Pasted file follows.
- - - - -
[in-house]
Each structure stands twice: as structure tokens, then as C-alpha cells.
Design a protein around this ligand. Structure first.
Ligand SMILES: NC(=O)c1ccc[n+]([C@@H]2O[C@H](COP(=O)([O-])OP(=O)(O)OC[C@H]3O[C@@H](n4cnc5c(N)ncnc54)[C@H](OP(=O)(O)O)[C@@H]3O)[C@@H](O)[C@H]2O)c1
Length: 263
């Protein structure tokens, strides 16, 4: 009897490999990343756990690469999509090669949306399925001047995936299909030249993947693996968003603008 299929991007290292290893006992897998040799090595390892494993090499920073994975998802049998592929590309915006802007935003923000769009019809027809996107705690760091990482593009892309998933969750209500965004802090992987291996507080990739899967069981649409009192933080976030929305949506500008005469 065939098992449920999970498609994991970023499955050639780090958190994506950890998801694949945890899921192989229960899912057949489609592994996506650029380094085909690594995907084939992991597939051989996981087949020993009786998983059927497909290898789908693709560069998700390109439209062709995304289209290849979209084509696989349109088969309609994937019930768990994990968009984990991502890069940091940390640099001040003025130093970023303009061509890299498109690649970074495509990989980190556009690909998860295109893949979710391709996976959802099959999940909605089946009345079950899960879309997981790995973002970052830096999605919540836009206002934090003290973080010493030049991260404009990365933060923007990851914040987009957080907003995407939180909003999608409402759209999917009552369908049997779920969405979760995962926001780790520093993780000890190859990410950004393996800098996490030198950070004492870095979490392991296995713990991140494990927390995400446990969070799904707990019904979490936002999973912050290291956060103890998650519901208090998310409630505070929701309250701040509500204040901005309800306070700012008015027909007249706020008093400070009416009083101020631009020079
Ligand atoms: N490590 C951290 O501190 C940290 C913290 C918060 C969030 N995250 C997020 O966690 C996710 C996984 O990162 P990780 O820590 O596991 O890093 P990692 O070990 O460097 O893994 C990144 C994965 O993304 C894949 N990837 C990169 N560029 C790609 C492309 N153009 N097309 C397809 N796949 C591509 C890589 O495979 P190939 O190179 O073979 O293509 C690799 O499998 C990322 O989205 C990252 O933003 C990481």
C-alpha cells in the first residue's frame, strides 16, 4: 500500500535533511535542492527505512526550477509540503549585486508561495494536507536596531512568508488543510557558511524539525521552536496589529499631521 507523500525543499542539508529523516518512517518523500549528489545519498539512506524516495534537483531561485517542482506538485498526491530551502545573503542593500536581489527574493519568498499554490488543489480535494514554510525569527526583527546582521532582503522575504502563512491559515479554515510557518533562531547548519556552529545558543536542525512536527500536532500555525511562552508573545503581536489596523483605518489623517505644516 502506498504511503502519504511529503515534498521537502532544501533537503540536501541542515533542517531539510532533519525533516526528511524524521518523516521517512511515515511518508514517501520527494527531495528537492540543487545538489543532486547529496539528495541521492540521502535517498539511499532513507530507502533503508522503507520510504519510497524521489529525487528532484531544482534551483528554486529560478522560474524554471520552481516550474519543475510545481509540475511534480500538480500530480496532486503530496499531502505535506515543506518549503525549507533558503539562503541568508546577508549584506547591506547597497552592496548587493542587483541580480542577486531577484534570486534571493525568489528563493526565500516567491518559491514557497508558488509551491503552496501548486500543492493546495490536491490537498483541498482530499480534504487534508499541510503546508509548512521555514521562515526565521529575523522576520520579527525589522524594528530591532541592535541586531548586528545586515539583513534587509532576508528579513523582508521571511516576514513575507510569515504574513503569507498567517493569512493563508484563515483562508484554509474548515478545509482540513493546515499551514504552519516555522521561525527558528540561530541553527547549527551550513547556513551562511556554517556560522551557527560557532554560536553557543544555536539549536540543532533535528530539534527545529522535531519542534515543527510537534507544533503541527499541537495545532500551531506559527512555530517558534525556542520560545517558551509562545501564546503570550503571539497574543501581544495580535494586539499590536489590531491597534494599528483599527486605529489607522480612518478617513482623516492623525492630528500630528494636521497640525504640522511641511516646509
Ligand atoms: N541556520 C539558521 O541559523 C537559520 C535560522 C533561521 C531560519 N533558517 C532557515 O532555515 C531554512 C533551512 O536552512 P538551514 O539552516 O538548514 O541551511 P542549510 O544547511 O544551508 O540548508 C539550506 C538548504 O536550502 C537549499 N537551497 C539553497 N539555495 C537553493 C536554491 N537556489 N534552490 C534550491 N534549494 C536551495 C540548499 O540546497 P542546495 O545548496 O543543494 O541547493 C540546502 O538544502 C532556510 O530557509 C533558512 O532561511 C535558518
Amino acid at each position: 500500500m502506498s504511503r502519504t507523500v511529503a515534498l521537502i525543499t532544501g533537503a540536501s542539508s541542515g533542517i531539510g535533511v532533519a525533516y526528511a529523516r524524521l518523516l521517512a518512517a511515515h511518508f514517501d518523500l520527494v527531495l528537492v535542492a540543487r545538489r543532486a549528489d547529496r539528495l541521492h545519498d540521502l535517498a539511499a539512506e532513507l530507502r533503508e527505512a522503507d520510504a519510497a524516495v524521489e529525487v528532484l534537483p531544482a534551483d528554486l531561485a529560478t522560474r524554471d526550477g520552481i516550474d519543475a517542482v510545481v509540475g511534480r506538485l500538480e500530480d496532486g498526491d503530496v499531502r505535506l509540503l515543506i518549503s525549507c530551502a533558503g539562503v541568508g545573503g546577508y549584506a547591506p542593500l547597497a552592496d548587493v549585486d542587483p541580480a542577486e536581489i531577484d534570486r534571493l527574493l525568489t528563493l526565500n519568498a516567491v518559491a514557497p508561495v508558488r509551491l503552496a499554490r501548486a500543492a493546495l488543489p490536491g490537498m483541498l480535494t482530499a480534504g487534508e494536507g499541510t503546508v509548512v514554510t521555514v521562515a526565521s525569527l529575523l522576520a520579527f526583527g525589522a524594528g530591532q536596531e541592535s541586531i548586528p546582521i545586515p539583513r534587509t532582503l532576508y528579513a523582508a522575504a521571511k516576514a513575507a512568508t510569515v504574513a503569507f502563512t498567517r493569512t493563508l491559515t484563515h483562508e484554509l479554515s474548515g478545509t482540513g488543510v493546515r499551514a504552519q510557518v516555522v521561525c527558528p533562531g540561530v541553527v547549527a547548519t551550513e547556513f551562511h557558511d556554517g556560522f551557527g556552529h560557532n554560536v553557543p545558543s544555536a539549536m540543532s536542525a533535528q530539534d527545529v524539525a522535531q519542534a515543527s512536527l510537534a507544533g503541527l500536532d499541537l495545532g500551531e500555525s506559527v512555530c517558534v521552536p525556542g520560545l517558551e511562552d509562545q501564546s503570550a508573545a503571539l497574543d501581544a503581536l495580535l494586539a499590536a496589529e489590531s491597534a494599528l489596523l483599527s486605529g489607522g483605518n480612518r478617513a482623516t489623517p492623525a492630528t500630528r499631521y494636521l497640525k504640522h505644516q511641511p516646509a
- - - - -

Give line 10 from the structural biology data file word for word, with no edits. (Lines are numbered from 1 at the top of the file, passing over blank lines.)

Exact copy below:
Amino acid at each position: 500500500m502506498s504511503r502519504t507523500v511529503a515534498l521537502i525543499t532544501g533537503a540536501s542539508s541542515g533542517i531539510g535533511v532533519a525533516y526528511a529523516r524524521l518523516l521517512a518512517a511515515h511518508f514517501d518523500l520527494v527531495l528537492v535542492a540543487r545538489r543532486a549528489d547529496r539528495l541521492h545519498d540521502l535517498a539511499a539512506e532513507l530507502r533503508e527505512a522503507d520510504a519510497a524516495v524521489e529525487v528532484l534537483p531544482a534551483d528554486l531561485a529560478t522560474r524554471d526550477g520552481i516550474d519543475a517542482v510545481v509540475g511534480r506538485l500538480e500530480d496532486g498526491d503530496v499531502r505535506l509540503l515543506i518549503s525549507c530551502a533558503g539562503v541568508g545573503g546577508y549584506a547591506p542593500l547597497a552592496d548587493v549585486d542587483p541580480a542577486e536581489i531577484d534570486r534571493l527574493l525568489t528563493l526565500n519568498a516567491v518559491a514557497p508561495v508558488r509551491l503552496a499554490r501548486a500543492a493546495l488543489p490536491g490537498m483541498l480535494t482530499a480534504g487534508e494536507g499541510t503546508v509548512v514554510t521555514v521562515a526565521s525569527l529575523l522576520a520579527f526583527g525589522a524594528g530591532q536596531e541592535s541586531i548586528p546582521i545586515p539583513r534587509t532582503l532576508y528579513a523582508a522575504a521571511k516576514a513575507a512568508t510569515v504574513a503569507f502563512t498567517r493569512t493563508l491559515t484563515h483562508e484554509l479554515s474548515g478545509t482540513g488543510v493546515r499551514a504552519q510557518v516555522v521561525c527558528p533562531g540561530v541553527v547549527a547548519t551550513e547556513f551562511h557558511d556554517g556560522f551557527g556552529h560557532n554560536v553557543p545558543s544555536a539549536m540543532s536542525a533535528q530539534d527545529v524539525a522535531q519542534a515543527s512536527l510537534a507544533g503541527l500536532d499541537l495545532g500551531e500555525s506559527v512555530c517558534v521552536p525556542g520560545l517558551e511562552d509562545q501564546s503570550a508573545a503571539l497574543d501581544a503581536l495580535l494586539a499590536a496589529e489590531s491597534a494599528l489596523l483599527s486605529g489607522g483605518n480612518r478617513a482623516t489623517p492623525a492630528t500630528r499631521y494636521l497640525k504640522h505644516q511641511p516646509a